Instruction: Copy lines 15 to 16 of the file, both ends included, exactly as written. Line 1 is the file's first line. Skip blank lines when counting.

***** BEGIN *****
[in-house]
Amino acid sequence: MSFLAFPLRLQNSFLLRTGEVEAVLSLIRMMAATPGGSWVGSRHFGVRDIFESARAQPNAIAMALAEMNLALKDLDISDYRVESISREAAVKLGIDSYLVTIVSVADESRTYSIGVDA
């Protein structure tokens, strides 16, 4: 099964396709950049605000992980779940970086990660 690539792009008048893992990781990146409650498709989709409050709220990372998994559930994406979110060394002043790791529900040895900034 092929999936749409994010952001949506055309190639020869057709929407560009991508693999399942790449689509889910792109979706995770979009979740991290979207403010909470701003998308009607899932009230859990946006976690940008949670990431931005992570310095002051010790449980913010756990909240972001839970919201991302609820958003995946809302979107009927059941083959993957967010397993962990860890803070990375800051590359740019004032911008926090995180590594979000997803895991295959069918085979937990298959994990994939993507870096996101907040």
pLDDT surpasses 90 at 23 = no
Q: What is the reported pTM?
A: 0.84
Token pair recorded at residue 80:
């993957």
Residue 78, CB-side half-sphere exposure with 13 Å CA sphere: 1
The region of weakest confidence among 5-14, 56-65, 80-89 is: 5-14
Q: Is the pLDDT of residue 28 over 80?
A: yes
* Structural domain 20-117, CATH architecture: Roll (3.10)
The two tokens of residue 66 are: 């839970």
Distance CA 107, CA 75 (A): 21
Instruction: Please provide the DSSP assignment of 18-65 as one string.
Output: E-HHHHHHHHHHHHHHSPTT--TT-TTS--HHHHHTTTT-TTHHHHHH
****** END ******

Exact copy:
Distance CA 107, CA 75 (A): 21
Instruction: Please provide the DSSP assignment of 18-65 as one string.